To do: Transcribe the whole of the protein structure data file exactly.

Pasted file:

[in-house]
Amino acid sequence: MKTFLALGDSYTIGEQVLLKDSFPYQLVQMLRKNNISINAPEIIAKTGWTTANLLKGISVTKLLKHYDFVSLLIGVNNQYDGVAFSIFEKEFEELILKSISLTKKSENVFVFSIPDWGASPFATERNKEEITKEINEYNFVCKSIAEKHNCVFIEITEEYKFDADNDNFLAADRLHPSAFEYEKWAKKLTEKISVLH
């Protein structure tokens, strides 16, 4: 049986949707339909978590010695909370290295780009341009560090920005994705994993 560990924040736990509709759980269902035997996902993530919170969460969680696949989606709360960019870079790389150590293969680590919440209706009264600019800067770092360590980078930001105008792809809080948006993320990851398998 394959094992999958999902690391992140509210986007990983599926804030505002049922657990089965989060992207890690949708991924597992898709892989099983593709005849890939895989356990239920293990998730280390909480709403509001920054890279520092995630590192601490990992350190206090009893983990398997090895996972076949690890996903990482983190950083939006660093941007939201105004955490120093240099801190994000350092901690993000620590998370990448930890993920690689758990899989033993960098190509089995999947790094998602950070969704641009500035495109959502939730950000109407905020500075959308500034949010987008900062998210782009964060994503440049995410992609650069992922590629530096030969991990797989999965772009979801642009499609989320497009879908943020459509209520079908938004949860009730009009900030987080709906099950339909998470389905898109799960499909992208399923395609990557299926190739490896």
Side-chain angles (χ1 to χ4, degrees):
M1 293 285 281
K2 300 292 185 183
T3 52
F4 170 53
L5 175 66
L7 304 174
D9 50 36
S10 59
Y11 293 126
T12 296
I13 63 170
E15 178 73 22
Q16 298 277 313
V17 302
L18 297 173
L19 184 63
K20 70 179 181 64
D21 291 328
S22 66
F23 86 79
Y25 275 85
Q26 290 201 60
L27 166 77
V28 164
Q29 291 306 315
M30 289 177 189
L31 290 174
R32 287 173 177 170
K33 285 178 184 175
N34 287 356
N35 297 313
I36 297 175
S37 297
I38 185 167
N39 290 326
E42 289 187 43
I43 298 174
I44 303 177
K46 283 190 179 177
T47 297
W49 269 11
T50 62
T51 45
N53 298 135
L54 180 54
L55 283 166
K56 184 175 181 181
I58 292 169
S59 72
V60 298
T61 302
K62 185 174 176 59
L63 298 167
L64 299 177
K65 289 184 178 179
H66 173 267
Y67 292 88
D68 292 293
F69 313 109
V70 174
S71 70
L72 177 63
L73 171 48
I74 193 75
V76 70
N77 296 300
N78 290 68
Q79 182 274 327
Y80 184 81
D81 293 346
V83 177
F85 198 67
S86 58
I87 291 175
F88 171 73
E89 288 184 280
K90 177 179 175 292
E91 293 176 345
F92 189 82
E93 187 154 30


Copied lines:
[in-house]
Amino acid sequence: MKTFLALGDSYTIGEQVLLKDSFPYQLVQMLRKNNISINAPEIIAKTGWTTANLLKGISVTKLLKHYDFVSLLIGVNNQYDGVAFSIFEKEFEELILKSISLTKKSENVFVFSIPDWGASPFATERNKEEITKEINEYNFVCKSIAEKHNCVFIEITEEYKFDADNDNFLAADRLHPSAFEYEKWAKKLTEKISVLH
């Protein structure tokens, strides 16, 4: 049986949707339909978590010695909370290295780009341009560090920005994705994993 560990924040736990509709759980269902035997996902993530919170969460969680696949989606709360960019870079790389150590293969680590919440209706009264600019800067770092360590980078930001105008792809809080948006993320990851398998 394959094992999958999902690391992140509210986007990983599926804030505002049922657990089965989060992207890690949708991924597992898709892989099983593709005849890939895989356990239920293990998730280390909480709403509001920054890279520092995630590192601490990992350190206090009893983990398997090895996972076949690890996903990482983190950083939006660093941007939201105004955490120093240099801190994000350092901690993000620590998370990448930890993920690689758990899989033993960098190509089995999947790094998602950070969704641009500035495109959502939730950000109407905020500075959308500034949010987008900062998210782009964060994503440049995410992609650069992922590629530096030969991990797989999965772009979801642009499609989320497009879908943020459509209520079908938004949860009730009009900030987080709906099950339909998470389905898109799960499909992208399923395609990557299926190739490896």
Side-chain angles (χ1 to χ4, degrees):
M1 293 285 281
K2 300 292 185 183
T3 52
F4 170 53
L5 175 66
L7 304 174
D9 50 36
S10 59
Y11 293 126
T12 296
I13 63 170
E15 178 73 22
Q16 298 277 313
V17 302
L18 297 173
L19 184 63
K20 70 179 181 64
D21 291 328
S22 66
F23 86 79
Y25 275 85
Q26 290 201 60
L27 166 77
V28 164
Q29 291 306 315
M30 289 177 189
L31 290 174
R32 287 173 177 170
K33 285 178 184 175
N34 287 356
N35 297 313
I36 297 175
S37 297
I38 185 167
N39 290 326
E42 289 187 43
I43 298 174
I44 303 177
K46 283 190 179 177
T47 297
W49 269 11
T50 62
T51 45
N53 298 135
L54 180 54
L55 283 166
K56 184 175 181 181
I58 292 169
S59 72
V60 298
T61 302
K62 185 174 176 59
L63 298 167
L64 299 177
K65 289 184 178 179
H66 173 267
Y67 292 88
D68 292 293
F69 313 109
V70 174
S71 70
L72 177 63
L73 171 48
I74 193 75
V76 70
N77 296 300
N78 290 68
Q79 182 274 327
Y80 184 81
D81 293 346
V83 177
F85 198 67
S86 58
I87 291 175
F88 171 73
E89 288 184 280
K90 177 179 175 292
E91 293 176 345
F92 189 82
E93 187 154 30